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10 months ago
China's easy loans expected to drive home prices, despite tightening
October 6, 2016 / 7:31 AM / 10 months ago

China's easy loans expected to drive home prices, despite tightening

4 Min Read

* 14 cities impose cooling measures in past six days

* Tightening steps not as severe as those in 2013

* Panic buying may subside but further gains expected -agents

By Clare Jim

HONG KONG, Oct 6 (Reuters) - Readily available, cheap mortgages and strong demand are likely to keep China's property market rising, even if restrictions announced in more than a dozen cities over the past week dampen sales and prices over the short term, real estate agents said.

The overheated market is worrying authorities who want to stop price bubbles in higher tier cities, but need to stimulate an economy that is sliding toward its slowest growth since 2009.

In the past six days, 14 Chinese cities imposed administrative restrictions on home purchases to curb property speculation.

The commercial capital Shanghai and Shenzhen, dubbed "China's Silicon Valley" and home to the most expensive property in the country, had led the way in March, bringing in stricter rules that marked the first tightening measures since 2013.

The form and strength of the new restrictions varied from city to city, but included higher mortgage downpayments for second and third time home buyers, in a bid to stem the flow of cash into the red-hot property market.

Central bank data showed that banks in August made 529 billion yuan in household loans, with mortgages accounting for 55.7 percent of that, and policymakers have expressed concerns over rising debt and banks' exposure to mortgages.

Still, market observers, say the measures taken so far were less severe than those seen in 2013, as it remained easy to raise a cheap mortgage.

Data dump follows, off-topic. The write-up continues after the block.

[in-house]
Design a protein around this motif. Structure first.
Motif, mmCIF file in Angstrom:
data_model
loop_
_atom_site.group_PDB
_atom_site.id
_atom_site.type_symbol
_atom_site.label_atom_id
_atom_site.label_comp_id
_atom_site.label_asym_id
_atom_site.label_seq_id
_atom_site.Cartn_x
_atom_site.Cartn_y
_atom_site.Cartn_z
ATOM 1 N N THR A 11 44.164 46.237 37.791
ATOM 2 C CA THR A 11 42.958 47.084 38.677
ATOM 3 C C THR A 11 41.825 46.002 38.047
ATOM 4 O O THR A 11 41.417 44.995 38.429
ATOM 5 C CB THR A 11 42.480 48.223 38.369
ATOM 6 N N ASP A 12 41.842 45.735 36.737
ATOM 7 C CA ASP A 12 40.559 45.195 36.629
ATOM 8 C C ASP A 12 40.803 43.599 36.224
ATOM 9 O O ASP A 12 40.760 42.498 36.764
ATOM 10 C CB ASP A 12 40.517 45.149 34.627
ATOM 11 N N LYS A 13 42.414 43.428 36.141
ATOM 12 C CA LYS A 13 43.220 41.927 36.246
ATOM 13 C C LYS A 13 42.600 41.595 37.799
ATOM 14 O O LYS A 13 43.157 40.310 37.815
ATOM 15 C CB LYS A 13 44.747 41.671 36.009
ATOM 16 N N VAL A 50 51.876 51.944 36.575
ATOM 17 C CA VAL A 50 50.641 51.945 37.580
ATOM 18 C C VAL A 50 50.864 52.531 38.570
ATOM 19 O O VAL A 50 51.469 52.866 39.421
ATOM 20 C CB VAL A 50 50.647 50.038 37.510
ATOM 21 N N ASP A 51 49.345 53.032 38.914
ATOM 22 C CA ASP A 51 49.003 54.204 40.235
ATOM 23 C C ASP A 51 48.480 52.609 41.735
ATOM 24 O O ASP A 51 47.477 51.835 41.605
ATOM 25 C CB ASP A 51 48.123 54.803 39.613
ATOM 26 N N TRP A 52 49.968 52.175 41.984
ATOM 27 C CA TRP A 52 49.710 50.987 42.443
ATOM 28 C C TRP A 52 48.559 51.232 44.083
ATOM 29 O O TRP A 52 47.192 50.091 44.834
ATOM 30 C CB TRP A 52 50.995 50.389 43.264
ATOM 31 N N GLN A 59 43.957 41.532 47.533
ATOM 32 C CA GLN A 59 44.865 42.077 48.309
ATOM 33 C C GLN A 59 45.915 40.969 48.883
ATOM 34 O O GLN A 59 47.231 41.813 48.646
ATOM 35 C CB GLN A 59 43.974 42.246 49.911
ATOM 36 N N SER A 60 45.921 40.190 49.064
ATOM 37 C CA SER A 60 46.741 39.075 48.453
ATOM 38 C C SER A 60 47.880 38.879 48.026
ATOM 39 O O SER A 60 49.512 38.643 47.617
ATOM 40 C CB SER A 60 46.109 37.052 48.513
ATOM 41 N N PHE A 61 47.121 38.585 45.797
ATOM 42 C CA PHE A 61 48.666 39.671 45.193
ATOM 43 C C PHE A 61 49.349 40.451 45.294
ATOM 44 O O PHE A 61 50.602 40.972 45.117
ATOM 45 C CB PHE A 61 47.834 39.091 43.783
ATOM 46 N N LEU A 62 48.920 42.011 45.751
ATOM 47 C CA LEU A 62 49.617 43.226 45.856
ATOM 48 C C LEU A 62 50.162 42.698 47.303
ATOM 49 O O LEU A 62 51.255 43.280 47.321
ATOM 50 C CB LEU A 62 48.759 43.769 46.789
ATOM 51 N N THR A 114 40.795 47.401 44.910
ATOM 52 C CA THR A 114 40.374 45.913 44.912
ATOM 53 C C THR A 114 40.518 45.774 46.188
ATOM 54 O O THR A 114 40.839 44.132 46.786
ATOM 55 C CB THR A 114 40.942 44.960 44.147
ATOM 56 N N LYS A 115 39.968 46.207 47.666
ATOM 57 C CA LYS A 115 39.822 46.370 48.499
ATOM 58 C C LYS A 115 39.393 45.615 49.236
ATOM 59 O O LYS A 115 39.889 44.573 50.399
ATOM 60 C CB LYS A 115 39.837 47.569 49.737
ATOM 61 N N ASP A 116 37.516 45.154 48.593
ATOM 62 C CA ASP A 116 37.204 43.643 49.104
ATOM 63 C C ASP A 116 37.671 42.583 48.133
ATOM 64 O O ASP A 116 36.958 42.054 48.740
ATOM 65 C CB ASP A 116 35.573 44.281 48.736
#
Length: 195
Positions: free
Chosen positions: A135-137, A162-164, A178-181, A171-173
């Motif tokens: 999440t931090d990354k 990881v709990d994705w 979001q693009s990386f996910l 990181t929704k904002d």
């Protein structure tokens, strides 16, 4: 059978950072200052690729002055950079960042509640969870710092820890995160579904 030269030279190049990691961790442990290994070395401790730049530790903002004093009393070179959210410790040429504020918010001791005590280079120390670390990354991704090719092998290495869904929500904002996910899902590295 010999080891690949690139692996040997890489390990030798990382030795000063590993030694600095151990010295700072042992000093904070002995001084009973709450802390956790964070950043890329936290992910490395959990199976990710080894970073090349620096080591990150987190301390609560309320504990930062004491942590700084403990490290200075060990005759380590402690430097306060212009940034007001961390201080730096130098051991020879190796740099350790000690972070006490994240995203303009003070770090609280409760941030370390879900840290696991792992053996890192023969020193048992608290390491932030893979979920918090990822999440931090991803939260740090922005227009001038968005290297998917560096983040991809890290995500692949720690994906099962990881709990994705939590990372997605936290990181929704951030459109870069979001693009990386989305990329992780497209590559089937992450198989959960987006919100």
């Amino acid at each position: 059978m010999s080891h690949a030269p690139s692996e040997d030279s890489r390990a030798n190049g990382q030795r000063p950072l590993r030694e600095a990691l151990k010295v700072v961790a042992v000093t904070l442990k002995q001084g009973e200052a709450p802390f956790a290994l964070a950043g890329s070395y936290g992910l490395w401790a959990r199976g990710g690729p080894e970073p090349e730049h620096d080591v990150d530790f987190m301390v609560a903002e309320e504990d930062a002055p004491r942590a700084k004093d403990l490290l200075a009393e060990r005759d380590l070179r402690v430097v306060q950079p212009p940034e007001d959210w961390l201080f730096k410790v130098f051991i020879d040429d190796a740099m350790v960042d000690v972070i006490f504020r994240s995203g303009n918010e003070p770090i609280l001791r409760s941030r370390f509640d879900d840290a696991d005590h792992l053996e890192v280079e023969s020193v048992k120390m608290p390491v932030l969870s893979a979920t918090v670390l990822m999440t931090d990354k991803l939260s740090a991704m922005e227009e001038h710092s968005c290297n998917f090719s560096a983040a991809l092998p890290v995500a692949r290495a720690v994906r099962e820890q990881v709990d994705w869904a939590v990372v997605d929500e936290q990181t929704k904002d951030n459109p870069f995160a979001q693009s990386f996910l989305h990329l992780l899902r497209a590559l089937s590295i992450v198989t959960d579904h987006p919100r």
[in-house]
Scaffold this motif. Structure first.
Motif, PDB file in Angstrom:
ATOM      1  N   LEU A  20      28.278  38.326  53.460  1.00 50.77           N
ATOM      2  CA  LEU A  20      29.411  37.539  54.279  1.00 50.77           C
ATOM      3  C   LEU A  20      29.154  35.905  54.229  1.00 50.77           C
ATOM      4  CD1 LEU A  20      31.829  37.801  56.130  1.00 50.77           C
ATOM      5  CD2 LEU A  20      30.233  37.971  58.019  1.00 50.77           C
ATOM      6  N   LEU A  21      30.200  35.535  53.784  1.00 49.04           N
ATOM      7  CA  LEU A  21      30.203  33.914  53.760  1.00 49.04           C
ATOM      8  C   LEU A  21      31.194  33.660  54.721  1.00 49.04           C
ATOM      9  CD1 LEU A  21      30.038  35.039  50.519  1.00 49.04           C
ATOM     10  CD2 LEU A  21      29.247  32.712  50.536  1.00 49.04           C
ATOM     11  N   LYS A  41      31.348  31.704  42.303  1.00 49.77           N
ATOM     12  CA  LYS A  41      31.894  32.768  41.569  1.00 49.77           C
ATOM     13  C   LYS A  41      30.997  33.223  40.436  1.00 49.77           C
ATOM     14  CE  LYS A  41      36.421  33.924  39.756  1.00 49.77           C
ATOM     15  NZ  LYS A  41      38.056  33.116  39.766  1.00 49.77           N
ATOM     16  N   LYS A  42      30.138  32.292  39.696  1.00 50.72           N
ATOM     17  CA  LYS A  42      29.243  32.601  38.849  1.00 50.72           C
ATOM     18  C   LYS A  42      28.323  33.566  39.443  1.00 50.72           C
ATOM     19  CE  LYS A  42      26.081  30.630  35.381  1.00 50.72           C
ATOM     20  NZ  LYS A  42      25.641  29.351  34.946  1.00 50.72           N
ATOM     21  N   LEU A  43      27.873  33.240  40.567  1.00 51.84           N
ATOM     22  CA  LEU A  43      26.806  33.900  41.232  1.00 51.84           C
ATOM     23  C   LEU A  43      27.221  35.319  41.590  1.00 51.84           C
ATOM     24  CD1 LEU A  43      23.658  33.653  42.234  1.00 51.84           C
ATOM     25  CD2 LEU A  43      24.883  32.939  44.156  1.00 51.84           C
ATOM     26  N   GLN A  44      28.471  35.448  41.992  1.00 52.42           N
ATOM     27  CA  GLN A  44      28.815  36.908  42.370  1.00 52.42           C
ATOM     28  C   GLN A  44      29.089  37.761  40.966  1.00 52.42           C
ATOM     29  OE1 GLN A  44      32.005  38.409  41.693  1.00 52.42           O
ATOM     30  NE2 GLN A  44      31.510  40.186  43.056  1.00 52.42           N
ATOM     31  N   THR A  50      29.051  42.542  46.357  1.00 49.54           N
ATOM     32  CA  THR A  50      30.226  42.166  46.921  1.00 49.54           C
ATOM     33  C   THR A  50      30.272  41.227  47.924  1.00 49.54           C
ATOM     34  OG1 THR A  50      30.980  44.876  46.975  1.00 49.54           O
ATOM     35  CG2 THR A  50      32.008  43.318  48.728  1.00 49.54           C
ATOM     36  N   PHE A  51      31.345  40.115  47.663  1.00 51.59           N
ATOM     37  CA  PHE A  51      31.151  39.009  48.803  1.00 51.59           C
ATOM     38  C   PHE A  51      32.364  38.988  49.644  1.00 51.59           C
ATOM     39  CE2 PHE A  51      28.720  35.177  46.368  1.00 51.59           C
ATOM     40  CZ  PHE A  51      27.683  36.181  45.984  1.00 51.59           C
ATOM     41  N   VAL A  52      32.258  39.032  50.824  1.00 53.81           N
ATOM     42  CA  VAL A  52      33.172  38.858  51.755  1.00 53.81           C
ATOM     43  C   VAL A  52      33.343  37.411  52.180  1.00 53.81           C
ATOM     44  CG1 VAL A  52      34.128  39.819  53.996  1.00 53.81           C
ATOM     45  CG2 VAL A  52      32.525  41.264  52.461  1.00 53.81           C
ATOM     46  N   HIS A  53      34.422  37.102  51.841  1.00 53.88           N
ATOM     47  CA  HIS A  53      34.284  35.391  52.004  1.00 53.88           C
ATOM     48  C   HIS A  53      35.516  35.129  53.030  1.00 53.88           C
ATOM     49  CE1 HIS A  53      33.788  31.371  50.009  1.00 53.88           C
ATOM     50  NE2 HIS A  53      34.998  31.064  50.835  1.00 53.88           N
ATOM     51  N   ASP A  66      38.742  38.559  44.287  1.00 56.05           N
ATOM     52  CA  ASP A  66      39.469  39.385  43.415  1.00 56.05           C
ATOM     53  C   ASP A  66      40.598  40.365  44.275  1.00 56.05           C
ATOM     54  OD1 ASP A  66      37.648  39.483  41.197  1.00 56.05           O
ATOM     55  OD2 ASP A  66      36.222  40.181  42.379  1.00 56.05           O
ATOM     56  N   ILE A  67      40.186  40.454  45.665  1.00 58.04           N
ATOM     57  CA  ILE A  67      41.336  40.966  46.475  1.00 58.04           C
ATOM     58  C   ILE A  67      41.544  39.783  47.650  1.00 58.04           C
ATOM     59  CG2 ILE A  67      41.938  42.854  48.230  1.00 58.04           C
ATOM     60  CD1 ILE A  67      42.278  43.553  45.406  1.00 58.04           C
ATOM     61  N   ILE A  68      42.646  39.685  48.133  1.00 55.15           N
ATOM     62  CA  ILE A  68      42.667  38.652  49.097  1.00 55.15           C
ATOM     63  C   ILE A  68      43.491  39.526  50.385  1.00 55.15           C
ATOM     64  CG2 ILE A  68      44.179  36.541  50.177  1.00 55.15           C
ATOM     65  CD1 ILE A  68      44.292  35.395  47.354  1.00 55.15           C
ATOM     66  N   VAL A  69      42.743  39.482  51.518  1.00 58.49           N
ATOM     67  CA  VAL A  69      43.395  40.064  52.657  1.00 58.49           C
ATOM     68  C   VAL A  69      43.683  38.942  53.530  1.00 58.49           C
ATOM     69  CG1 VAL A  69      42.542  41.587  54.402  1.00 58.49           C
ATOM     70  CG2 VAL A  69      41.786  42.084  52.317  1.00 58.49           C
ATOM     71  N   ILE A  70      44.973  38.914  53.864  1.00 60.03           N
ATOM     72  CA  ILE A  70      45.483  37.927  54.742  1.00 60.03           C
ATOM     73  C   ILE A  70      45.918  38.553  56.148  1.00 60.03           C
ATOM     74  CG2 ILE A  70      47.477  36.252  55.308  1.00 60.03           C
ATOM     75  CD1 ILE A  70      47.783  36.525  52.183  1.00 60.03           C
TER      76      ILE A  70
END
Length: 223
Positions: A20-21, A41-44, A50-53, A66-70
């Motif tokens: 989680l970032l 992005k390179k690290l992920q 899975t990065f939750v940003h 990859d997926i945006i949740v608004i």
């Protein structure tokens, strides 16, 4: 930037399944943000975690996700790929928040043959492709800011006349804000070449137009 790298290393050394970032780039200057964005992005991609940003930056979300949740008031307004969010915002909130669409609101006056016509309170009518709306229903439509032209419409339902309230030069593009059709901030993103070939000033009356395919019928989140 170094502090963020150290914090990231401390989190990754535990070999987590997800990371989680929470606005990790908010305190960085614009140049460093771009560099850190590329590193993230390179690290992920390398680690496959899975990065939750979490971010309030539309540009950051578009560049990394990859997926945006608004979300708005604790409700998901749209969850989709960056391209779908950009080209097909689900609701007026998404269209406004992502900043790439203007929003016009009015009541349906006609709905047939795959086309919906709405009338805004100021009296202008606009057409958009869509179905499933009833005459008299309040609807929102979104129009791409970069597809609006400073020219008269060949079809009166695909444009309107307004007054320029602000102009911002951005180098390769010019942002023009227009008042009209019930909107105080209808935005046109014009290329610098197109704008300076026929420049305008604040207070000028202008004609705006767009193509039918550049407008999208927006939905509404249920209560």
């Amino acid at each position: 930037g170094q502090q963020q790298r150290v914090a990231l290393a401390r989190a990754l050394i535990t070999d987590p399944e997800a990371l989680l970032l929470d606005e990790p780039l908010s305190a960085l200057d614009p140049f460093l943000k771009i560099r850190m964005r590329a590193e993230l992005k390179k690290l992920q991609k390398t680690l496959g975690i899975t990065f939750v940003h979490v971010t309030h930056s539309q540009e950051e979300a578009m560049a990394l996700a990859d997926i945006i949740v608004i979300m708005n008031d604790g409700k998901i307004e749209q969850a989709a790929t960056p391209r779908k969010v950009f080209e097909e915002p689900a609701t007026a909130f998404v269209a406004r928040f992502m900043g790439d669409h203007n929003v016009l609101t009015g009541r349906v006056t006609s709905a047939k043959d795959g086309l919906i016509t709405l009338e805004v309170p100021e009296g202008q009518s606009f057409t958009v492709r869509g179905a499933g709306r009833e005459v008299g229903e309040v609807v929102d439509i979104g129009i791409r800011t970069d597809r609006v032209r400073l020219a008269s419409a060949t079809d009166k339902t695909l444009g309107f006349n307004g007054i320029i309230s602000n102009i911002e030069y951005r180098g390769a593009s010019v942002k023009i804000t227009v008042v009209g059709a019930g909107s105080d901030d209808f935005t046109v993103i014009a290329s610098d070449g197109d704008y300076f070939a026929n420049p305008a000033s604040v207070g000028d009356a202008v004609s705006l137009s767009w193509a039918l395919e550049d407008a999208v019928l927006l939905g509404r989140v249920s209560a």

"Compared to restrictions imposed in 2013, there's still no tightening on mortgage rates this time. The buying cost for home buyers is still at a historical low," Andy Lin, market research director of Hopefluent Real Properties (China) based in Shenzhen, said.

Lin said his company's clients are not first-time homebuyers and can easily afford higher downpayments so the impact was expected to be limited.

The most recent measures also included limiting divorced adults to buying one home in the cities of Shenzhen and Nanjing, after policies saw couples scrambling to divorce - on paper at least - in the hope they could buy a second home.

Speculators searching for the next property hot spot have turned to smaller, inland cities like Changsa during the past few months as prices in major cities became more frothy.

China's average new home price climbed 9.2 percent in August, up from 7.9 percent in July, official data showed. But big cities such as Shenzhen and Xiamen posted much bigger gains at 37 percent and 44 percent, respectively.

Property agents said the immediate impact of the new restrictions had not yet been reflected as many people were travelling during the Golden Week holiday.

In some second-tier cities, such as Hefei where home prices rose 40 percent in August, property agents said the price rises reflected a rush to buy in anticipation that new restrictions would be introduced.

"Panic buying may subside now that the measures are imposed," said Luo Fang Fang, a researcher at property agent Centaline in the city of Hefei, capital of Anhui province.

Analysts said smaller cities that are showing signs of overheating are likely to tighten rules next, but they did not expect a nationwide tightening as the stock of unsold homes in most lower-tier cities remain high.

"Nationwide policy should remain accommodative, because in the next six months the heat in the market must be transferred from ...(major cities) to broader Tier-3 cities," Citi analyst Oscar Choi said in a report this week.

Choi said the market strength needed to spread the smaller cities if the government was to achieve its goal of boosting construction activity, whittling down the stock of unsold homes and developing the satellite cities. (Reporting by Clare Jim; Editing by Anne Marie Roantree and Simon Cameron-Moore)

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